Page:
However, I did leave out one potentially crucial fact that would add a whole extra level which we’ll revisit in the future: air is less dense as you ascend in the Earth’s (and presumably, Druidia’s) atmosphere. So I gave the volume of “air” in quotation marks, but as any good Coloradoan knows, there’s a lot less air at higher altitudes. At this point it becomes a density problem involving integration of the shell. As I said, we’ll revisit this problem in the future, but for now, since we’re just starting out, let’s stick with the volume problem. We’d hate to make a critical math mistake already.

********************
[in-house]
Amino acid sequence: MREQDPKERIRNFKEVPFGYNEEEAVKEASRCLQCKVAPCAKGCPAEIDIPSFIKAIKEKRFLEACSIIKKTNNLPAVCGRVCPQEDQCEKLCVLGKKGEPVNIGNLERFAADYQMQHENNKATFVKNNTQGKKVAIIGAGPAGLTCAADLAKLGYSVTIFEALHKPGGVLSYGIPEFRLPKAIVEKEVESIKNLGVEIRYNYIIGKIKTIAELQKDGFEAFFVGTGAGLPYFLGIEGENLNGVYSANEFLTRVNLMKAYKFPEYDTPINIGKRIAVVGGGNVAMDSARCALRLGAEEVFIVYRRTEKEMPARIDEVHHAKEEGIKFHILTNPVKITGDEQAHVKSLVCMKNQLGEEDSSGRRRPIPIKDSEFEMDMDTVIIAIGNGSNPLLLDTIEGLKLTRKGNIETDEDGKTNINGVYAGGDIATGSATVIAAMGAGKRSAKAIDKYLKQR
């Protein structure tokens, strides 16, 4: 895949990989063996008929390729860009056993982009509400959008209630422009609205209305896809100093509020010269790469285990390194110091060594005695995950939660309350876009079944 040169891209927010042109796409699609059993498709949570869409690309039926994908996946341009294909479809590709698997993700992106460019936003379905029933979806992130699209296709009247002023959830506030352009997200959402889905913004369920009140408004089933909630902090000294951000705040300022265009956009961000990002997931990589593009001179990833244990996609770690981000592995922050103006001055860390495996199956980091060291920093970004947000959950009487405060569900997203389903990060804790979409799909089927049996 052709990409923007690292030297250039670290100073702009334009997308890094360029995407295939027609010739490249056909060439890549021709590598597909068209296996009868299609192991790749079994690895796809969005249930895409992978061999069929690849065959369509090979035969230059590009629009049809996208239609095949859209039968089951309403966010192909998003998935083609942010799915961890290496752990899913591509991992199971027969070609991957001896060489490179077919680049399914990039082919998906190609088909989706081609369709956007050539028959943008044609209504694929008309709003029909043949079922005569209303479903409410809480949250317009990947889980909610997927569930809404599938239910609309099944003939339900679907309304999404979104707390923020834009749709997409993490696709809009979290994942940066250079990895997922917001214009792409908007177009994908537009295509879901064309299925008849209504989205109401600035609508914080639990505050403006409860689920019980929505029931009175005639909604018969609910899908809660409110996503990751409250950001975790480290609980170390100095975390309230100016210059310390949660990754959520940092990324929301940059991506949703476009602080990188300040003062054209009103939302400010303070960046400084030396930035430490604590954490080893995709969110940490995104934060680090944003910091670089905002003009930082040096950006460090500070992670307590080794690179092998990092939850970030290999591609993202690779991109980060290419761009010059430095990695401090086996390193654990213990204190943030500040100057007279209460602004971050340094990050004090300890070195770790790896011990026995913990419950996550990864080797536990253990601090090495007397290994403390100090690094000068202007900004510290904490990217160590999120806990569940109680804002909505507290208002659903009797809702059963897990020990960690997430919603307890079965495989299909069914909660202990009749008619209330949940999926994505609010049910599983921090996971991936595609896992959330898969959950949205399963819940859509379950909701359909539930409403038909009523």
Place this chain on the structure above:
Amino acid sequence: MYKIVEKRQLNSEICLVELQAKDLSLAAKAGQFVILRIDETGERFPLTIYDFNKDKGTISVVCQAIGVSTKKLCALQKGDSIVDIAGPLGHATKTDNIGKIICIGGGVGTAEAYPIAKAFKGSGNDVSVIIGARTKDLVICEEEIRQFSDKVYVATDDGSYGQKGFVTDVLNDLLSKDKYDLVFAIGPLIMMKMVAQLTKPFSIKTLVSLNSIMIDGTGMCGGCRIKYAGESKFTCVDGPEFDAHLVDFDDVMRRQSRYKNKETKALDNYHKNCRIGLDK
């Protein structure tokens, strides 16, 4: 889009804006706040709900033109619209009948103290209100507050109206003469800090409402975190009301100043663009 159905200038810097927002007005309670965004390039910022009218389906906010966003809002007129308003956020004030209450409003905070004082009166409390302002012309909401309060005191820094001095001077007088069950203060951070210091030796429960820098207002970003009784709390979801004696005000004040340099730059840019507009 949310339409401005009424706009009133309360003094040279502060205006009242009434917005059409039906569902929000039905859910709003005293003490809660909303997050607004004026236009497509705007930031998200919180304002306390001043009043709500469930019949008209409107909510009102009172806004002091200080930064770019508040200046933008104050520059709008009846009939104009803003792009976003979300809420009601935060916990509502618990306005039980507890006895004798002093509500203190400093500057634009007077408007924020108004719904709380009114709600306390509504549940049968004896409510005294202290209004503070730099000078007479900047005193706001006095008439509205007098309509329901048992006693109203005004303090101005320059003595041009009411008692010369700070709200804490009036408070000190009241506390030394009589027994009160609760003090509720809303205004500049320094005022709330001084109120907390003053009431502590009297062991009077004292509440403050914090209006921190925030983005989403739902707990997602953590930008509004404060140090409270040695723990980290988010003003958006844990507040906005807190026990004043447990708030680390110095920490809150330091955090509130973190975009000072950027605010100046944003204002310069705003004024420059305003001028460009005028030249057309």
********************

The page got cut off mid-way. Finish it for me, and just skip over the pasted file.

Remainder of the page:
Also unanswered is the rate of sucking/blowing portion of the problem. A stopwatch and some division should do the trick. Although, once we tackle the calculus portion of the problem we could get a nice interesting plot of Air in Mega-Maid’s Vacuum Bag vs. Time.